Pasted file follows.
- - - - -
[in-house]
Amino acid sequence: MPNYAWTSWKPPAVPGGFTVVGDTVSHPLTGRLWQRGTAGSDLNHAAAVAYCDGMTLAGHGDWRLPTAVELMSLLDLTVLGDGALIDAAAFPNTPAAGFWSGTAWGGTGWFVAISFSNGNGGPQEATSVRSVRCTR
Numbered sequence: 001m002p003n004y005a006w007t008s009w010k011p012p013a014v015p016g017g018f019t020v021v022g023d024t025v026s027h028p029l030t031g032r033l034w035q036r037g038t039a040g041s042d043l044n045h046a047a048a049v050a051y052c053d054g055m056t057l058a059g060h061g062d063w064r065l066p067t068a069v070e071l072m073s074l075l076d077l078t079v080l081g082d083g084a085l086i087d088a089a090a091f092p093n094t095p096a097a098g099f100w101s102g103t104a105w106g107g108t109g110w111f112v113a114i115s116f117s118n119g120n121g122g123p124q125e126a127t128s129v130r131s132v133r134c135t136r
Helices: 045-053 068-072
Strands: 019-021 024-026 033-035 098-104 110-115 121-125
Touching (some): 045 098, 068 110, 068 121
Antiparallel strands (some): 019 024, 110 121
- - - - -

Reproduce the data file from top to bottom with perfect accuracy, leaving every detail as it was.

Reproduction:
[in-house]
Amino acid sequence: MPNYAWTSWKPPAVPGGFTVVGDTVSHPLTGRLWQRGTAGSDLNHAAAVAYCDGMTLAGHGDWRLPTAVELMSLLDLTVLGDGALIDAAAFPNTPAAGFWSGTAWGGTGWFVAISFSNGNGGPQEATSVRSVRCTR
Numbered sequence: 001m002p003n004y005a006w007t008s009w010k011p012p013a014v015p016g017g018f019t020v021v022g023d024t025v026s027h028p029l030t031g032r033l034w035q036r037g038t039a040g041s042d043l044n045h046a047a048a049v050a051y052c053d054g055m056t057l058a059g060h061g062d063w064r065l066p067t068a069v070e071l072m073s074l075l076d077l078t079v080l081g082d083g084a085l086i087d088a089a090a091f092p093n094t095p096a097a098g099f100w101s102g103t104a105w106g107g108t109g110w111f112v113a114i115s116f117s118n119g120n121g122g123p124q125e126a127t128s129v130r131s132v133r134c135t136r
Helices: 045-053 068-072
Strands: 019-021 024-026 033-035 098-104 110-115 121-125
Touching (some): 045 098, 068 110, 068 121
Antiparallel strands (some): 019 024, 110 121